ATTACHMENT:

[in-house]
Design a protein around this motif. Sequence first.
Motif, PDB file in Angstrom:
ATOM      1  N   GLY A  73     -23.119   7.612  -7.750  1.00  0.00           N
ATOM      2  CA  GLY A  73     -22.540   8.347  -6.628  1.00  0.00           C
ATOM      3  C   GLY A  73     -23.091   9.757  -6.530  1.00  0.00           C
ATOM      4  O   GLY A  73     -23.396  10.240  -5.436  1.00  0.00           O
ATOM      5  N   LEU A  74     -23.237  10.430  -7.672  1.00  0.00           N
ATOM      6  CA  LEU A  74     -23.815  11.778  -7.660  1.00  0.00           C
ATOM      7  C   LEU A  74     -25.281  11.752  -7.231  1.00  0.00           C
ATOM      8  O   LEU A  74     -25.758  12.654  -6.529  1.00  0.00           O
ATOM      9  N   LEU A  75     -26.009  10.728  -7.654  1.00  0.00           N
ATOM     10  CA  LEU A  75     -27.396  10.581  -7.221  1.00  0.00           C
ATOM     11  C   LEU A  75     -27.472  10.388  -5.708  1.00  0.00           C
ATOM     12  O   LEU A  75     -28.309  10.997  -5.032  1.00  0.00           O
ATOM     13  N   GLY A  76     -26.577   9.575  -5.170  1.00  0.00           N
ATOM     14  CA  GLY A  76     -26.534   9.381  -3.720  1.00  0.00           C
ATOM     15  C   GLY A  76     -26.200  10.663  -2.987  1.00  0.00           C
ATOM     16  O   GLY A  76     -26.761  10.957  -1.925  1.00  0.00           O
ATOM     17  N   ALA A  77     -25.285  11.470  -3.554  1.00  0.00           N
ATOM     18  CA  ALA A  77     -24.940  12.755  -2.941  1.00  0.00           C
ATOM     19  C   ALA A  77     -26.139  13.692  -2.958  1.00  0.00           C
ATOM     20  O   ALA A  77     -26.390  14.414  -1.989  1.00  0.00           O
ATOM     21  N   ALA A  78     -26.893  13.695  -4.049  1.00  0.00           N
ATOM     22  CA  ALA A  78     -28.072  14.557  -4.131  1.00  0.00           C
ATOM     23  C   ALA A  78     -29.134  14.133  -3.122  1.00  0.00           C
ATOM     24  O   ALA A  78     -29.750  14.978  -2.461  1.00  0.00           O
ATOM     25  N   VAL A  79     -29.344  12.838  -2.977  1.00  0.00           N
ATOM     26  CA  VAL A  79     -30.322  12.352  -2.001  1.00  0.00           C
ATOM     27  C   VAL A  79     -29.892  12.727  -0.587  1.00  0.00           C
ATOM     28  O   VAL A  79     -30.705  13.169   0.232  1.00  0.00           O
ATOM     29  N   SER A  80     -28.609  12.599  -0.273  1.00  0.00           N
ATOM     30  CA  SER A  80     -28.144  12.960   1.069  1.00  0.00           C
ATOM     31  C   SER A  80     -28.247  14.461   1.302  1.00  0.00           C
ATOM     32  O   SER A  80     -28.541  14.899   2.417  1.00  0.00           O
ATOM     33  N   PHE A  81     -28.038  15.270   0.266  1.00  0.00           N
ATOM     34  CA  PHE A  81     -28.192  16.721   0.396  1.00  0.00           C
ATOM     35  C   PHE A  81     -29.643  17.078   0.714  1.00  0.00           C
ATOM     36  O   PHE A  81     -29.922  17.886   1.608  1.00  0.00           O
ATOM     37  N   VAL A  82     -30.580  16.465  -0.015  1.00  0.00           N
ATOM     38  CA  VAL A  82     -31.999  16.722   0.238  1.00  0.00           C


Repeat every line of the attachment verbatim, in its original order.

[in-house]
Design a protein around this motif. Sequence first.
Motif, PDB file in Angstrom:
ATOM      1  N   GLY A  73     -23.119   7.612  -7.750  1.00  0.00           N
ATOM      2  CA  GLY A  73     -22.540   8.347  -6.628  1.00  0.00           C
ATOM      3  C   GLY A  73     -23.091   9.757  -6.530  1.00  0.00           C
ATOM      4  O   GLY A  73     -23.396  10.240  -5.436  1.00  0.00           O
ATOM      5  N   LEU A  74     -23.237  10.430  -7.672  1.00  0.00           N
ATOM      6  CA  LEU A  74     -23.815  11.778  -7.660  1.00  0.00           C
ATOM      7  C   LEU A  74     -25.281  11.752  -7.231  1.00  0.00           C
ATOM      8  O   LEU A  74     -25.758  12.654  -6.529  1.00  0.00           O
ATOM      9  N   LEU A  75     -26.009  10.728  -7.654  1.00  0.00           N
ATOM     10  CA  LEU A  75     -27.396  10.581  -7.221  1.00  0.00           C
ATOM     11  C   LEU A  75     -27.472  10.388  -5.708  1.00  0.00           C
ATOM     12  O   LEU A  75     -28.309  10.997  -5.032  1.00  0.00           O
ATOM     13  N   GLY A  76     -26.577   9.575  -5.170  1.00  0.00           N
ATOM     14  CA  GLY A  76     -26.534   9.381  -3.720  1.00  0.00           C
ATOM     15  C   GLY A  76     -26.200  10.663  -2.987  1.00  0.00           C
ATOM     16  O   GLY A  76     -26.761  10.957  -1.925  1.00  0.00           O
ATOM     17  N   ALA A  77     -25.285  11.470  -3.554  1.00  0.00           N
ATOM     18  CA  ALA A  77     -24.940  12.755  -2.941  1.00  0.00           C
ATOM     19  C   ALA A  77     -26.139  13.692  -2.958  1.00  0.00           C
ATOM     20  O   ALA A  77     -26.390  14.414  -1.989  1.00  0.00           O
ATOM     21  N   ALA A  78     -26.893  13.695  -4.049  1.00  0.00           N
ATOM     22  CA  ALA A  78     -28.072  14.557  -4.131  1.00  0.00           C
ATOM     23  C   ALA A  78     -29.134  14.133  -3.122  1.00  0.00           C
ATOM     24  O   ALA A  78     -29.750  14.978  -2.461  1.00  0.00           O
ATOM     25  N   VAL A  79     -29.344  12.838  -2.977  1.00  0.00           N
ATOM     26  CA  VAL A  79     -30.322  12.352  -2.001  1.00  0.00           C
ATOM     27  C   VAL A  79     -29.892  12.727  -0.587  1.00  0.00           C
ATOM     28  O   VAL A  79     -30.705  13.169   0.232  1.00  0.00           O
ATOM     29  N   SER A  80     -28.609  12.599  -0.273  1.00  0.00           N
ATOM     30  CA  SER A  80     -28.144  12.960   1.069  1.00  0.00           C
ATOM     31  C   SER A  80     -28.247  14.461   1.302  1.00  0.00           C
ATOM     32  O   SER A  80     -28.541  14.899   2.417  1.00  0.00           O
ATOM     33  N   PHE A  81     -28.038  15.270   0.266  1.00  0.00           N
ATOM     34  CA  PHE A  81     -28.192  16.721   0.396  1.00  0.00           C
ATOM     35  C   PHE A  81     -29.643  17.078   0.714  1.00  0.00           C
ATOM     36  O   PHE A  81     -29.922  17.886   1.608  1.00  0.00           O
ATOM     37  N   VAL A  82     -30.580  16.465  -0.015  1.00  0.00           N
ATOM     38  CA  VAL A  82     -31.999  16.722   0.238  1.00  0.00           C